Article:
Researchers at the University of Surrey and Hitachi in Japan have established further design constraints for their high-performance thin-film transistors, unveiled earlier this year.
The transistors are polycrystalline silicon and conduct well, but are far less leaky than conventional types because the channels are only a few nanometres thick.
“With thin channels, the quantum confinement effect dominates and the bandgap of the material becomes wide so leakage current decreases,” researcher Dr Xiaojun Guo told Electronics Weekly at the time.
Crystals in the material are made by slow chemical vapour deposition and are so small, only around 10nm across, that the material is known as nanocrystalline silicon.
Initial devices were deposited on 200mm silicon wafers and Guo sees no problems in making them on glass as deposition temperatures are low.
Traditional mathematical FET models are almost useless and the group has been improving its theoretical grasp of the technology, as well as looking for limitations to the beneficial effects of channel thinning – which it has found.
Hundreds of otherwise identical transistors were fabricated with varying channel widths and thicknesses.
All channels were 500nm long, with widths varying in seven steps between 70 and 500nm, and thickness of 2, 2.5 or 3nm.
Experiments showed that transistors with 3nm channels have good FET characteristics whatever the width.
But device-to-device characteristic variations, and individual device characteristics, get progressively worse in 2.5 and 2nm transistors as the channel is narrowed below 300nm.
In short, good transistors can only be made predictably if the channel is at least 3nm thick, or at least 300nm wide.
Modelling and experimental work has uncovered the reason.
The channels look very much like crazy paving as they are assembled from flat irregular crystal grains – on average 10nm across and 2-3nm thick.
Individual grains are non-conductive with no gate bias, and conductive above a certain gate potential.
Subtle variations in grain thickness, grain-to-grain crystal alignment, and other factors, mean some turn on before others.
To get conduction all the way from source to drain there has to be a continuous row of adjacent ‘switched on’ crystals.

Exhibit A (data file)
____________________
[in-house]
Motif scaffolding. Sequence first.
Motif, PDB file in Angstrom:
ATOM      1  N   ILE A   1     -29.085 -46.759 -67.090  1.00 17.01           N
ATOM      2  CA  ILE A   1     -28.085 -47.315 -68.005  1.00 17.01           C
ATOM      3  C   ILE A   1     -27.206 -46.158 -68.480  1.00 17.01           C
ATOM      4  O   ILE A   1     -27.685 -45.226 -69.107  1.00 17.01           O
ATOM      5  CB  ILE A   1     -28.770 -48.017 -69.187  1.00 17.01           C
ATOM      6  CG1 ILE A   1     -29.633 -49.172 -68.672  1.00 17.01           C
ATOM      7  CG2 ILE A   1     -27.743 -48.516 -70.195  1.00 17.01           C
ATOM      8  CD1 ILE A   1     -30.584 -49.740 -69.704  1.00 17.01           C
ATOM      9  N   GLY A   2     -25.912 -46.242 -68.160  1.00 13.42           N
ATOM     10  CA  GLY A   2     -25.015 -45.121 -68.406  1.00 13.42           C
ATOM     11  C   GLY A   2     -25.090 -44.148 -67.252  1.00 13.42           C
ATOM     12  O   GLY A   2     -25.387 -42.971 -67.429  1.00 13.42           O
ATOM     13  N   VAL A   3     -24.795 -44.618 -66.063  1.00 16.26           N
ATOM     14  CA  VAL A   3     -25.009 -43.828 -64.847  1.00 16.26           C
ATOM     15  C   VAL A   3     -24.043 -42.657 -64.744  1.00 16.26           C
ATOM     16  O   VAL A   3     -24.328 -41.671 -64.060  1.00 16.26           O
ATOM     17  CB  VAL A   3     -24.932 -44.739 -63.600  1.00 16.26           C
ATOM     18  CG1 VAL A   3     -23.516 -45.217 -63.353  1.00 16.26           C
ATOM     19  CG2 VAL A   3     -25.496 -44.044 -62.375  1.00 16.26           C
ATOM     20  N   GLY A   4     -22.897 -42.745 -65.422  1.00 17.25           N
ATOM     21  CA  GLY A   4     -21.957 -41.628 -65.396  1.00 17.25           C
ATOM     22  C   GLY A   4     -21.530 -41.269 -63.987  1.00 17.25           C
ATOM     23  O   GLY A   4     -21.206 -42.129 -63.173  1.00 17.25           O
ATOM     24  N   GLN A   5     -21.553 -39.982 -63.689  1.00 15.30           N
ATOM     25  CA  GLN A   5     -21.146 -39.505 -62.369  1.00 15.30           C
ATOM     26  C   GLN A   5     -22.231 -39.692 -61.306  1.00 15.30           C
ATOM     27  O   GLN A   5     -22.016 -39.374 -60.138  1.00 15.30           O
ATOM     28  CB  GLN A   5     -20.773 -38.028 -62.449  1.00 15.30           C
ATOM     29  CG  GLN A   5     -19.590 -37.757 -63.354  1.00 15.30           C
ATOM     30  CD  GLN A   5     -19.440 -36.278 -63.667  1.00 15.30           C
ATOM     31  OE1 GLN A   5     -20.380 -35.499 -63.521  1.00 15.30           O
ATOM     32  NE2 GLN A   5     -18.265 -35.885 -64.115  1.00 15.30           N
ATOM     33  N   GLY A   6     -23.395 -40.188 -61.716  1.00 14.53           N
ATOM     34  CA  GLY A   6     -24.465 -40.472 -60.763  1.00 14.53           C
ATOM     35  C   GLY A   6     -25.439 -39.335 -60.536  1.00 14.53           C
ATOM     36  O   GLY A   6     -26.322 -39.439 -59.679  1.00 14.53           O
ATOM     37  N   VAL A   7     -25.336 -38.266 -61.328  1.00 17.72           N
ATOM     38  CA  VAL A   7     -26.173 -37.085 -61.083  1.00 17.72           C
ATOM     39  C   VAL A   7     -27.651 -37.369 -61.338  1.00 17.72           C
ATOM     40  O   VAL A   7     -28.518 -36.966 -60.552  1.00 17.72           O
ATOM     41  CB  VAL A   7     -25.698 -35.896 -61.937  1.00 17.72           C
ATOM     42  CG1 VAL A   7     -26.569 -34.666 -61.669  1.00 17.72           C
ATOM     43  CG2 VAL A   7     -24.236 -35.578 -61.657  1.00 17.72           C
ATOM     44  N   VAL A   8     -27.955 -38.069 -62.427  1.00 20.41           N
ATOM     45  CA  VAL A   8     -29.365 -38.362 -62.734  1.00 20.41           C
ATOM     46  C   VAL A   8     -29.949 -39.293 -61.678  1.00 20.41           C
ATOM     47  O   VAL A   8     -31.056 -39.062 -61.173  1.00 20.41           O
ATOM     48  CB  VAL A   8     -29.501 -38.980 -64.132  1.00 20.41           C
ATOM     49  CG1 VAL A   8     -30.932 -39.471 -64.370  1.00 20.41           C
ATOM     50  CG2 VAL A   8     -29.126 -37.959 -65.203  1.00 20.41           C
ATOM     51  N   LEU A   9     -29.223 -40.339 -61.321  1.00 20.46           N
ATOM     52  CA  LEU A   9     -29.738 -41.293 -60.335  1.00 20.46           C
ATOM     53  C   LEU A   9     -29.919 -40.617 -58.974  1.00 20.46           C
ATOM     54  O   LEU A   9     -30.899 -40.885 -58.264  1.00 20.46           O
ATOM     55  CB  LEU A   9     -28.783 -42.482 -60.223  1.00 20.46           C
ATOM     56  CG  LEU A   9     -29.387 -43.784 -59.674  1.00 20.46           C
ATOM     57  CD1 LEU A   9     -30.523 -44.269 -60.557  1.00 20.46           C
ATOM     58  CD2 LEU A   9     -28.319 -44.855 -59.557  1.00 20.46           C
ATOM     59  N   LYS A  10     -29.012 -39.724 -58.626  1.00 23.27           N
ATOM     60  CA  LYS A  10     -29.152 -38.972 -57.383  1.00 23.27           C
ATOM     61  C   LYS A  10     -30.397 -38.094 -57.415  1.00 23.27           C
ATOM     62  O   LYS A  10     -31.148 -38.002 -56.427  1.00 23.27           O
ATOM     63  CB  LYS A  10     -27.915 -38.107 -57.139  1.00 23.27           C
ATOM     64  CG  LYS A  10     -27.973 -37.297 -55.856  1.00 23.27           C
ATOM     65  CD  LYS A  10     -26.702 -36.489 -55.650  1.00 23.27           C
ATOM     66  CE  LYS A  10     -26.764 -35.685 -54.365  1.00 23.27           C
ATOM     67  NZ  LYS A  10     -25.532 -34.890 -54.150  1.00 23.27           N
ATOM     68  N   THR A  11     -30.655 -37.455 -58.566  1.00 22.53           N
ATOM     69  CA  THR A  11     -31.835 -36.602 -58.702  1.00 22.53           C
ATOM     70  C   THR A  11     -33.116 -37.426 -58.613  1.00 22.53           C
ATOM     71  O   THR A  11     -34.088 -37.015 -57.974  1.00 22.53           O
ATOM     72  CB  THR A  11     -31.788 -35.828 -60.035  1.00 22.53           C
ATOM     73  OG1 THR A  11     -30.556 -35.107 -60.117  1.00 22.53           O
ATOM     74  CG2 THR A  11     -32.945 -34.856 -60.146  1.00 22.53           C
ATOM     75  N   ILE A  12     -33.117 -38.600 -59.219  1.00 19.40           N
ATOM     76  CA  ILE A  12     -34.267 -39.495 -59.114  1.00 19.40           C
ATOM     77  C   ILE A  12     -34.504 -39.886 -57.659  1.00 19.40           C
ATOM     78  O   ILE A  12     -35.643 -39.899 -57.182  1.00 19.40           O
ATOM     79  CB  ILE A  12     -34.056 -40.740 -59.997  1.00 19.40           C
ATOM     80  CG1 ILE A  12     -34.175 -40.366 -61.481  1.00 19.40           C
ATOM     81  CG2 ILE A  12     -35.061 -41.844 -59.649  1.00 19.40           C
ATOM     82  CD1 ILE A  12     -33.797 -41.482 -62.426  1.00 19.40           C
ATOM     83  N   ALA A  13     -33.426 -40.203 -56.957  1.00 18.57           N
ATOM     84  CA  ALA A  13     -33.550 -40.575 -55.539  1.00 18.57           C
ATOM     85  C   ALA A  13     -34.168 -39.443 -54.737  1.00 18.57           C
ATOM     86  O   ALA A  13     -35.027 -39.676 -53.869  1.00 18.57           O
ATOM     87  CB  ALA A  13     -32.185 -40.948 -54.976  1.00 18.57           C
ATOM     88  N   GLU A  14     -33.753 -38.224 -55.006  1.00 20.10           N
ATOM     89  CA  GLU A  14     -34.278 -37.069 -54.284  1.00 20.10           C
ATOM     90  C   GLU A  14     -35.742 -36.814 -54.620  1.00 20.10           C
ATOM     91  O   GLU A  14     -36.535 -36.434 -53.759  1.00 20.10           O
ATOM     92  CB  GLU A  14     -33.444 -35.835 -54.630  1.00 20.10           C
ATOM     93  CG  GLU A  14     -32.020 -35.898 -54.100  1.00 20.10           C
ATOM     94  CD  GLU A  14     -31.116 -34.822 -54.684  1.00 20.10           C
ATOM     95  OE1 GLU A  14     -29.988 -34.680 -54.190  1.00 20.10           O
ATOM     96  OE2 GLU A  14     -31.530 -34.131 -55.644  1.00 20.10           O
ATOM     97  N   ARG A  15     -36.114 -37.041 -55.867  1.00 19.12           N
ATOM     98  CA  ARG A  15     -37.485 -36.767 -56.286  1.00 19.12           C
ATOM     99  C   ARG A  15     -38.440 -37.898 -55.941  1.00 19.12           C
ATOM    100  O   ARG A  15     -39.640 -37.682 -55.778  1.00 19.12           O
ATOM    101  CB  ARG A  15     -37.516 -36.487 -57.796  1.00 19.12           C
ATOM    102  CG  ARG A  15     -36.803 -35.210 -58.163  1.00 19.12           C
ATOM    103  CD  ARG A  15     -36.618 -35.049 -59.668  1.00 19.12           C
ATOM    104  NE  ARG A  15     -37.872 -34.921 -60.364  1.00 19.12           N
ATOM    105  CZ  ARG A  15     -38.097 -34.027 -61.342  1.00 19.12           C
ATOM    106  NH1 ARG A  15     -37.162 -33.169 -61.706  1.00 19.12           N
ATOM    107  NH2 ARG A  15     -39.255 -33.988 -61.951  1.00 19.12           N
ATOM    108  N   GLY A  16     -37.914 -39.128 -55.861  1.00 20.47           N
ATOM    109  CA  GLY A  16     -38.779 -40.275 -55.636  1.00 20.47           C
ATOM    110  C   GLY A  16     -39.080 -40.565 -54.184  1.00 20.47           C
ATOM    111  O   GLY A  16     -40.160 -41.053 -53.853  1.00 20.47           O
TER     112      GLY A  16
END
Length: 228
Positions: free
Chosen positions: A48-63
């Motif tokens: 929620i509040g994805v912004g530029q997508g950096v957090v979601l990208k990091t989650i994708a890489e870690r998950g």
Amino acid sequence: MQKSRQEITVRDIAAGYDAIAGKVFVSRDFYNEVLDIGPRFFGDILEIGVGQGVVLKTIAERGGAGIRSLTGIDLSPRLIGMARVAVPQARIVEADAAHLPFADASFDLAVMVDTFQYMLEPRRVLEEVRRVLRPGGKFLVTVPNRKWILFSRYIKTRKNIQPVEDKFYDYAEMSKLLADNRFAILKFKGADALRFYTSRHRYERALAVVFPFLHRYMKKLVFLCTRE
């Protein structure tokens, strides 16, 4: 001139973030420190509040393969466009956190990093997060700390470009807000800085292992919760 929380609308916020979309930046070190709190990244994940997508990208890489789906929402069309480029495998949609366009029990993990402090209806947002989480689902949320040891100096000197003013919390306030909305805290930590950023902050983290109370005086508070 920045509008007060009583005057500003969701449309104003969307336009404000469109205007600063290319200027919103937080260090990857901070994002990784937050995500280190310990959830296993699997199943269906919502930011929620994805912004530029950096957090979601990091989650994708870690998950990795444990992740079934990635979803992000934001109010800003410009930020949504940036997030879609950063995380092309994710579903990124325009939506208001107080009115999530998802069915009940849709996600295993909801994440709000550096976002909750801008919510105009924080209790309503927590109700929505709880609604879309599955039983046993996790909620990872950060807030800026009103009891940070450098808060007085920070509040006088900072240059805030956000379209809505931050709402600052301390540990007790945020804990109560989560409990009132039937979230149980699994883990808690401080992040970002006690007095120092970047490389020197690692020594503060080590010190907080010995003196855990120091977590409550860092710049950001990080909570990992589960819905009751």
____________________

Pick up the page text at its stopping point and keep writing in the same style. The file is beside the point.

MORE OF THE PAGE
Modelling shows that at the point of conduction a snake-like meandering line of conducting crystals has formed – a so called ‘percolation path’.
Statistical analysis, claims Guo, shows the snakes are statistically more likely to reach from source to drain in wider channels.
In narrow channels, potential percolation paths are more likely to hit the non-conductive edge of the channel and go no further. Surrey describes these potential paths as ‘pinched-off’.
With 10nm crystals and a 500nm long channel, the knee in the curve is at 300nm wide.
The thickness of the channel appears to affect characteristics simply because random thickness variations are the same for 2nm and 3nm grains, but as a percentage of thickness are more profound in thinner grains – resulting in a wider spread of grain-to-grain threshold voltage in thinner grains.
3nm grains are thick enough for variations in threshold voltage to be minimal. These two effects taken together, said Surrey, explain why the device threshold of 70nm wide/2.5nm thick transistors can be anywhere from a few mV to 4V, and the spread for 150nm/2nm transistors is 2-9V.
3nm transistors have a spread of only a few tens of mV down to, and probably beyond, 70nm.
2.5nm transistors are predictable to 200nm, and 2nm transistors are fairly well controlled at 300nm, but only really good at 400nm wide.
The devices were first fabricated by Hitachi and used for low power memory design. “We built collaborations with Hitachi after that, and focus on the characterisation and modelling of the devices, and the idea of using the technique to design high on-off ratio transistors for large area electronics,” said Guo, who works at Surrey’s Advanced Technology Institute (ATI).